Florida Continues its Record as a National Leader in Conservation 
through the Florida Forever Program 

  • Florida is at the forefront of the nation’s land protection efforts and continues to be a model for other land acquisition programs across the country. Since 2019, the state has invested $1.25 billion for land acquisition through the Florida Forever Program and acquired nearly 220,000 acres for conservation, 90% of which are within the Florida Wildlife Corridor.
  • Notable land acquisition approvals in 2023 include: a conservation easement over more than 2,500 acres within the Triple Diamond Florida Forever Project in Okeechobee County, which, along with existing conservation lands, will contribute to a protection area of more than 200,000 acres; more than 1,500 acres within the Wolfe Creek Forest Florida Forever Project in Santa Rosa County, which will provide military base buffering for Whiting Field Naval Air Station; a conservation easement over more than 10,000 acres within the Fisheating Creek Ecosystem Florida Forever Project in Glades County, which is part of the Primary Dispersal/Expansion Area for the Florida panther; and more than 17,000 acres within the Devil’s Garden Florida Forever Project in Hendry County, which borders Big Cypress National Preserve and will advance Everglades Restoration efforts.
  • In addition, following the 2023 Legislative Session, Governor DeSantis signed House Bill 1379, which creates efficiencies for the state’s land conservation efforts through the Florida Forever Program and dedicates consistent funding of $100 million annually for land acquisition to enable the state to continue conserving environmentally sensitive lands.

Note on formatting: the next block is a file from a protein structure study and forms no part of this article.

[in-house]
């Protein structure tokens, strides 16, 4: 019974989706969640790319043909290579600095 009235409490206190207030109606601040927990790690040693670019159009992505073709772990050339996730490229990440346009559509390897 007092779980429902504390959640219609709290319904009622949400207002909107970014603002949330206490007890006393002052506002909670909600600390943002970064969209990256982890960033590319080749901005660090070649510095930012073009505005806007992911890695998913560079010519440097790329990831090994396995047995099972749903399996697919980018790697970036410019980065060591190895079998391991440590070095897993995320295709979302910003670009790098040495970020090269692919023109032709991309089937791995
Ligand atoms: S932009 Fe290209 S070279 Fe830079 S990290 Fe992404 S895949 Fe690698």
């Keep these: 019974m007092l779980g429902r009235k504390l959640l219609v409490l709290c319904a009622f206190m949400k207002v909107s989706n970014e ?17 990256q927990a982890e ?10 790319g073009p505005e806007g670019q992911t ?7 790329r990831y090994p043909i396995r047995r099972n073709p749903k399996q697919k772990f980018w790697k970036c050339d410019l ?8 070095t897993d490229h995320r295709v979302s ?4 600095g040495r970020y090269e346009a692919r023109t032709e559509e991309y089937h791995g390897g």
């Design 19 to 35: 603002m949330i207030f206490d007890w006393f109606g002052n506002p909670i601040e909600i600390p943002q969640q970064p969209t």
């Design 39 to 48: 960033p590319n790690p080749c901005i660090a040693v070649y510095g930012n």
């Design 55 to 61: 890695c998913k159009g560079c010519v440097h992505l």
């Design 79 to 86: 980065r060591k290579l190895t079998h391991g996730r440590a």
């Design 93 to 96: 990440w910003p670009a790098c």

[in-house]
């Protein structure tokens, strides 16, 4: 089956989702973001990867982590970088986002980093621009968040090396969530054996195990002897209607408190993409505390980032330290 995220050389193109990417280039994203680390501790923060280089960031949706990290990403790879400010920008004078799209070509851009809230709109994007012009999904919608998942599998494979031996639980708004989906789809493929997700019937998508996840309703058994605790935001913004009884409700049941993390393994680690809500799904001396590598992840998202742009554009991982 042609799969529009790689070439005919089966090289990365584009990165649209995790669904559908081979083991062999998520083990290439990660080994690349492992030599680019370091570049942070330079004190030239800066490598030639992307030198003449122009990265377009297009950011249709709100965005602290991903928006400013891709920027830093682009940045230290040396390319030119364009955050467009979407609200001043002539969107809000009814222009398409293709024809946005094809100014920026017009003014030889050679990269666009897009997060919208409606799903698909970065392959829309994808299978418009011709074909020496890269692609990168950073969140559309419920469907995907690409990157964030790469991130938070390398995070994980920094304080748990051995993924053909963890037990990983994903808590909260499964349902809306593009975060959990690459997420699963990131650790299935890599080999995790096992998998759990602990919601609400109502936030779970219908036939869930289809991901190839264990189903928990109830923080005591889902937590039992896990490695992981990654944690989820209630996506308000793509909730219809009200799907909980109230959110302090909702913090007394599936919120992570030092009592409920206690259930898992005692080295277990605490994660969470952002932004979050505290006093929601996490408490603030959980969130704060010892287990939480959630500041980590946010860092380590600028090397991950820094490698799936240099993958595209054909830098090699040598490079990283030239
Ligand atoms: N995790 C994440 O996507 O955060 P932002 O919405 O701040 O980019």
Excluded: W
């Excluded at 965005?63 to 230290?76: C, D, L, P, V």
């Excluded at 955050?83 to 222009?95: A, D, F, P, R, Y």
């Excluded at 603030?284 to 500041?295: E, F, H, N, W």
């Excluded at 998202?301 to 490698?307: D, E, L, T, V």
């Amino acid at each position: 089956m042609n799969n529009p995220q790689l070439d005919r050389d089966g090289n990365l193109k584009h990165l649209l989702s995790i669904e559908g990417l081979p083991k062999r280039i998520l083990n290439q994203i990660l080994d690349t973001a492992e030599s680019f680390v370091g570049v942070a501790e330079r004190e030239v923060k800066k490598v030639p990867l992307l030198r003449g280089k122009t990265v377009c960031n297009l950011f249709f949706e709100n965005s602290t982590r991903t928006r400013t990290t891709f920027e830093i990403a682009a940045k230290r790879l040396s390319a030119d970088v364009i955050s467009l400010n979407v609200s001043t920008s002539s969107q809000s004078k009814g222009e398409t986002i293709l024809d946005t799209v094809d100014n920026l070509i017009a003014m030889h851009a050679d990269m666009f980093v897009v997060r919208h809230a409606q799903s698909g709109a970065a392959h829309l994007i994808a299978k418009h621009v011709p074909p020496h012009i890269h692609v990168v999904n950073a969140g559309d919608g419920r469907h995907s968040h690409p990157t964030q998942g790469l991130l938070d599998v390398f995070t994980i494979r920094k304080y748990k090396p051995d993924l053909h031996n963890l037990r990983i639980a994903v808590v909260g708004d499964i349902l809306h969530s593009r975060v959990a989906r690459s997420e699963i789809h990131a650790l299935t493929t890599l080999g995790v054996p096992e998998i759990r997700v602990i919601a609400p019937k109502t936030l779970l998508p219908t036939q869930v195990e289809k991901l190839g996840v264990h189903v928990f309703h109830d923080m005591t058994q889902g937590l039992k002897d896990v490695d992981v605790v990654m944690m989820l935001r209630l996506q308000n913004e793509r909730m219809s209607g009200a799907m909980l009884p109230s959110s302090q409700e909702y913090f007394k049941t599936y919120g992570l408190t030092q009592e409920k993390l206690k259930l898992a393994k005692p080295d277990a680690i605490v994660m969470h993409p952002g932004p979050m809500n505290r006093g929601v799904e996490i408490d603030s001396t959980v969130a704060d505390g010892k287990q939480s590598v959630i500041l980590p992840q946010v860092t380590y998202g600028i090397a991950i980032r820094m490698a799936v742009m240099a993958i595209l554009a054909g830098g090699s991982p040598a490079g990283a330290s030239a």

Florida Wildlife Corridor

Florida State Parks Welcome Nearly 29 Million Visitors in 2023 

  • The Florida Park Service is the only four-time winner of the Gold Medal honoring the nation’s best park system and this past fiscal year, Florida’s state parks welcomed nearly 29 million visitors, generating over $83 million in revenue for the state along with an estimated economic impact of over $3.6 billion.
  • To encourage Floridians to go outdoors and explore Florida’s natural resources, Governor DeSantis announced the Great Outdoors Initiative and signed Executive Order 23-209, directing DEP and FWC to provide a significant 50% discount on annual state park passes and FWC Gold Sportsman hunting and fishing licenses. Since the initiative began, DEP has sold a total of 27,815 annual state park passes, which breaks down to 7,709 individual passes and 20,106 family passes. This is nearly four times the number of annual passes sold during this same period last year. These savings continue to be available through Jan. 13, 2024.
  • DEP also partnered with the Florida Prepaid College Savings Program to award 10 Florida children a $1,000 scholarship in a Florida 529 Savings Plan, plus a Florida State Parks Junior Ranger gift pack, including a hammock and an inflatable standup paddleboard. The promotion was used to encourage children to learn about Florida’s environment through the Florida State Parks Junior Ranger Program. 


DEP Nears Full Implementation of Florida’s Clean Waterways Act 

  • For nearly three years, DEP has been actively engaged in rulemaking activities to increase the removal of nutrients, as required by Florida’s Clean Waterways Act (Chapter 2020-150, Laws of Florida). As part of this effort, DEP opened approximately 200 rules and this year, the department saw the culmination of this work.